Show Less

New Voices, Inherited Lines

Literary and Cultural Representations of the Irish Family

Series:

Edited By Yvonne O'Keeffe and Claudia Reese

Irish writers have always been fascinated by the family, sometimes depicting it as a traditional space under threat from external influences, sometimes highlighting the dangers lurking within. More recently, families have been represented as a type of safe haven from a bewildering postmodern world. At the heart of these constructions are questions of power and agency, as well as issues of class, gender, ethnicities and sexualities.
This collection of essays explores literary and cultural representations of the Irish family, questioning the validity of traditional familial structures as well as exploring newer versions of the Irish family emerging in more recent cultural representations. In addition to redefinitions of the nuclear family, the book also considers aspects of family constructions in Irish nationalist discourse, such as the symbolic use of the family and the interaction and conflict between private and public roles. The works and authors discussed range from Famine fiction, Samuel Beckett, Mary Lavin and John McGahern to Anne Enright, Colm Tóibín and Hugo Hamilton.

Prices

Show Summary Details
Restricted access

Introduction

Extract

A predominant theme in Irish literature, and indeed in cultural discourse more generally, is the role of the family in Irish society. From the Quirks in Maria Edgeworth’s Castle Rackrent via the Mulqueens in Kate O’Brien’s The Ante-Room to the Hegarty family in Anne Enright’s The Gathering, families and family structures have sustained the interest of most of our literary writers right up to the contemporary period across all genres. Essays in this collection explore literary and cultural representations of the Irish family, and have considered the ways in which Irish families have shaped and been constructed by Irish literature and culture in the modern period. Just as Irish society as a whole has undergone sweeping changes, in the recent past in particular, so have there been significant reconfigura- tions in Irish families. Irish writers have always been fascinated by the family, sometimes depicting it as a traditional space under threat from famine and mass emigration, sometimes highlighting the dangers of the family ‘cell’, and perhaps more recently constructing families as a safe haven from a bewildering postmodern world. At the heart of many of these con- structions of the Irish family are questions of power and agency, as well as issues of class, gender, ethnicities and sexualities. This collection provides a forum for questioning whether traditional familial structures are in fact now outdated, and asking whether a new Irish family can be discerned in recent cultural representations, which is perhaps more ref lective of con- temporary Ireland. In addition...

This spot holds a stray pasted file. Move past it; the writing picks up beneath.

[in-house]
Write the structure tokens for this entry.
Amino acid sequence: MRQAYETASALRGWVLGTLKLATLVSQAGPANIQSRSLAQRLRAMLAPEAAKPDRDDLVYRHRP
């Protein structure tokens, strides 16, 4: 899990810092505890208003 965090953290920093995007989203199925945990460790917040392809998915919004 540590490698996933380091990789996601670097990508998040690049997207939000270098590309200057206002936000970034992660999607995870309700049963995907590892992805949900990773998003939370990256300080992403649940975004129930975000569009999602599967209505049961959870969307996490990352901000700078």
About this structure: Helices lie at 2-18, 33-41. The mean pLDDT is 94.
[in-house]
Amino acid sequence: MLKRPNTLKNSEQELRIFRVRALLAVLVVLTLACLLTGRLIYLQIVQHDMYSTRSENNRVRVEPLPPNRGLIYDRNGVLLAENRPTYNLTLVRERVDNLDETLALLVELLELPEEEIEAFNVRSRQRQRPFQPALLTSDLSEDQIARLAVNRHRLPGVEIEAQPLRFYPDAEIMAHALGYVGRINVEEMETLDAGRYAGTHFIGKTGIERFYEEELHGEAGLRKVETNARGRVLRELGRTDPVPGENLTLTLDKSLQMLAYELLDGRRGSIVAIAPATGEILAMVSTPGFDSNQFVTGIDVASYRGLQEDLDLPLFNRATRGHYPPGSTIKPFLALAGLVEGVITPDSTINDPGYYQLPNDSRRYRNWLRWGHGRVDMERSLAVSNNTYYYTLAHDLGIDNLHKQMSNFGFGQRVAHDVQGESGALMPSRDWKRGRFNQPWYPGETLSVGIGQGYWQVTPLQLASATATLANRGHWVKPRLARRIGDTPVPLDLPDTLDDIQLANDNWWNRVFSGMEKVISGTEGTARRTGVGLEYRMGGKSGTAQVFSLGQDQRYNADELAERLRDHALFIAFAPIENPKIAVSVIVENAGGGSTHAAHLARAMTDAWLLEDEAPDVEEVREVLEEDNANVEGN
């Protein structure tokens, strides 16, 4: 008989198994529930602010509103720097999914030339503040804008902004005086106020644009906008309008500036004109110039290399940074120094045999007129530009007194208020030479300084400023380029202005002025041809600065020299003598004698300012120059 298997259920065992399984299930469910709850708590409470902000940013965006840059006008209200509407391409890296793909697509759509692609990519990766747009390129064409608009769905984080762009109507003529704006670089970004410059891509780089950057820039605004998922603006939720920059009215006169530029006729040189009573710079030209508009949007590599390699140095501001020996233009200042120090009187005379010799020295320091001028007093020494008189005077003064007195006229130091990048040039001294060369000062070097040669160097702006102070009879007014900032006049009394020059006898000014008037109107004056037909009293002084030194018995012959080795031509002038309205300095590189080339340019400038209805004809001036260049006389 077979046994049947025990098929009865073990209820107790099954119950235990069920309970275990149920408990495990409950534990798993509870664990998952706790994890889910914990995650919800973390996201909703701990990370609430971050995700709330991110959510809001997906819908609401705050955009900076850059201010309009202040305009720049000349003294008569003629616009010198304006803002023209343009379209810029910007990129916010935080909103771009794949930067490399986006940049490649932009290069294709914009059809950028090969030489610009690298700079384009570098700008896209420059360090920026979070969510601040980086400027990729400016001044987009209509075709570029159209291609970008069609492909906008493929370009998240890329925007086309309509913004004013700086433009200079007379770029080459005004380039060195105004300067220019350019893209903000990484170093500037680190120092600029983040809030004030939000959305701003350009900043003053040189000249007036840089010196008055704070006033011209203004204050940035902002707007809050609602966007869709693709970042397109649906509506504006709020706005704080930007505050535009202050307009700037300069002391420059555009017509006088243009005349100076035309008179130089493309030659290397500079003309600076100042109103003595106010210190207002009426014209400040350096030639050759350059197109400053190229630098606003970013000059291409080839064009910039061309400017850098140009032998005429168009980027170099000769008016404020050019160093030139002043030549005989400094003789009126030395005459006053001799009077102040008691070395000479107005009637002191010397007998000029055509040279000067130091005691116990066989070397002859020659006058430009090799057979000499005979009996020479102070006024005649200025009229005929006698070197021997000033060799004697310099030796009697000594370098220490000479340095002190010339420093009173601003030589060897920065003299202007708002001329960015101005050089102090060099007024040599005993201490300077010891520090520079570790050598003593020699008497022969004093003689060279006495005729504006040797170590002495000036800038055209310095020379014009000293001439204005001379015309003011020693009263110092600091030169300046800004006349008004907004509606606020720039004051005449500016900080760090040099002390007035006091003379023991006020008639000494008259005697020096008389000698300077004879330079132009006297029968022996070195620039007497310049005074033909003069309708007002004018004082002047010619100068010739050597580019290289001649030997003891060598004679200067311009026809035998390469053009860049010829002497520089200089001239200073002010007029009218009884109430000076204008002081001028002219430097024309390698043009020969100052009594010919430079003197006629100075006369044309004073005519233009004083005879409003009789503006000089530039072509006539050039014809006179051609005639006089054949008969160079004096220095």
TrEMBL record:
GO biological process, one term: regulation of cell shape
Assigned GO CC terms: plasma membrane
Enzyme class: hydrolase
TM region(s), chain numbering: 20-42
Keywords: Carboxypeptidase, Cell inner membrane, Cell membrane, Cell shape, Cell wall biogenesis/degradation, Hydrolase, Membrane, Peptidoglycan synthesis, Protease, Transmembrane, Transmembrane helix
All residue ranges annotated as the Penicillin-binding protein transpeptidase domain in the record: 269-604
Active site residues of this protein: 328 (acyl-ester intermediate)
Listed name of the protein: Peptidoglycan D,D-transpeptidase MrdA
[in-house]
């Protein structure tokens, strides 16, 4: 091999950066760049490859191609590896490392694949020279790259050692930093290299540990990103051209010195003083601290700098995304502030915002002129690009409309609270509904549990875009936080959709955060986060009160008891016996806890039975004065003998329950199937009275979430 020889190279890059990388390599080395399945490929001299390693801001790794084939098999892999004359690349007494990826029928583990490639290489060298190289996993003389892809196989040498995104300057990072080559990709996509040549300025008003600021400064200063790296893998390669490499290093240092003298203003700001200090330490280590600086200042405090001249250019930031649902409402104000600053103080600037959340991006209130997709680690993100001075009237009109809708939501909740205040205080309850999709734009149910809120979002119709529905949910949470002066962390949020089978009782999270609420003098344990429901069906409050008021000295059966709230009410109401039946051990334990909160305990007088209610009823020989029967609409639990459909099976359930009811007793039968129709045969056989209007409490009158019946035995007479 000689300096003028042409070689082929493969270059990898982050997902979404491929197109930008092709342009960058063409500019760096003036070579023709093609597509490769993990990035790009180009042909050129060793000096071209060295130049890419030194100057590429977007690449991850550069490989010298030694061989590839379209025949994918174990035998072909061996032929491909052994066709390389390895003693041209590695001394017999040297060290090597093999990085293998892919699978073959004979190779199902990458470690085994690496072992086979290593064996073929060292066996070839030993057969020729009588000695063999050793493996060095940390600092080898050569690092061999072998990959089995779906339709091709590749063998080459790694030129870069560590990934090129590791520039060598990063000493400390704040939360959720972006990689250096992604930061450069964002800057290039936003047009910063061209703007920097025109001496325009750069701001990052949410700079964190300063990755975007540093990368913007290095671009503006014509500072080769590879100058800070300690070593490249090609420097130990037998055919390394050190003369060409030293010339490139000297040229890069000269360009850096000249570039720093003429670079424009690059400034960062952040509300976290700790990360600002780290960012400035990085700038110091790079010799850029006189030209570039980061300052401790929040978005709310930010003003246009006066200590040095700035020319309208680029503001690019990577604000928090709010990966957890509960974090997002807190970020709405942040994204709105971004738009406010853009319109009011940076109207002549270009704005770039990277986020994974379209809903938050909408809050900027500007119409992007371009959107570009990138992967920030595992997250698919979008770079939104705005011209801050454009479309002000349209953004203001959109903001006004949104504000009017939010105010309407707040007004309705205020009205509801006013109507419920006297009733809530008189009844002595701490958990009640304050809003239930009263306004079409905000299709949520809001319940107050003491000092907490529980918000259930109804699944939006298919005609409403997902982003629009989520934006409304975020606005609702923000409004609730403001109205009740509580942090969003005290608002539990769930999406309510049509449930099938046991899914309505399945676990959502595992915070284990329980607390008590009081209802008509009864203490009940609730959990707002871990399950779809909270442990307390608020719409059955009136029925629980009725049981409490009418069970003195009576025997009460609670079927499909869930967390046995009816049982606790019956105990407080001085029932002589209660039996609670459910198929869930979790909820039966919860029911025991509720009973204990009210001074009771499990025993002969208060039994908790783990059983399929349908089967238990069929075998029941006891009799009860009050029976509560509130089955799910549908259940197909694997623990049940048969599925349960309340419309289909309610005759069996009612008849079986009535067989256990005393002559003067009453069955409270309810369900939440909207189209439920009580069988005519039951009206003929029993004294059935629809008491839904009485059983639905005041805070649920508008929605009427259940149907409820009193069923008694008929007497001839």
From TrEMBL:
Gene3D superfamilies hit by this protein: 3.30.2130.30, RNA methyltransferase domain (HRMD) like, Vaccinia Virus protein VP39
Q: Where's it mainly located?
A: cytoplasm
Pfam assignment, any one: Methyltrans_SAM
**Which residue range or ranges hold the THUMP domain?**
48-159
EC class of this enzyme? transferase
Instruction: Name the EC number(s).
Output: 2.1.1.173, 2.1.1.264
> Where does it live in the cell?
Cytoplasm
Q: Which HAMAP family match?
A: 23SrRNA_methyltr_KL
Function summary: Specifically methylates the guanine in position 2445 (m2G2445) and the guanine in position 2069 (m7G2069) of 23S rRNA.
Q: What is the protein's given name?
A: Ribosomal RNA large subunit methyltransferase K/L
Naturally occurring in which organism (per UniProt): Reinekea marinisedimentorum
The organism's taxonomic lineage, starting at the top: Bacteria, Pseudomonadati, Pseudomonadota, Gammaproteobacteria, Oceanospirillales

You are not authenticated to view the full text of this chapter or article.

This site requires a subscription or purchase to access the full text of books or journals.

Do you have any questions? Contact us.

Or login to access all content.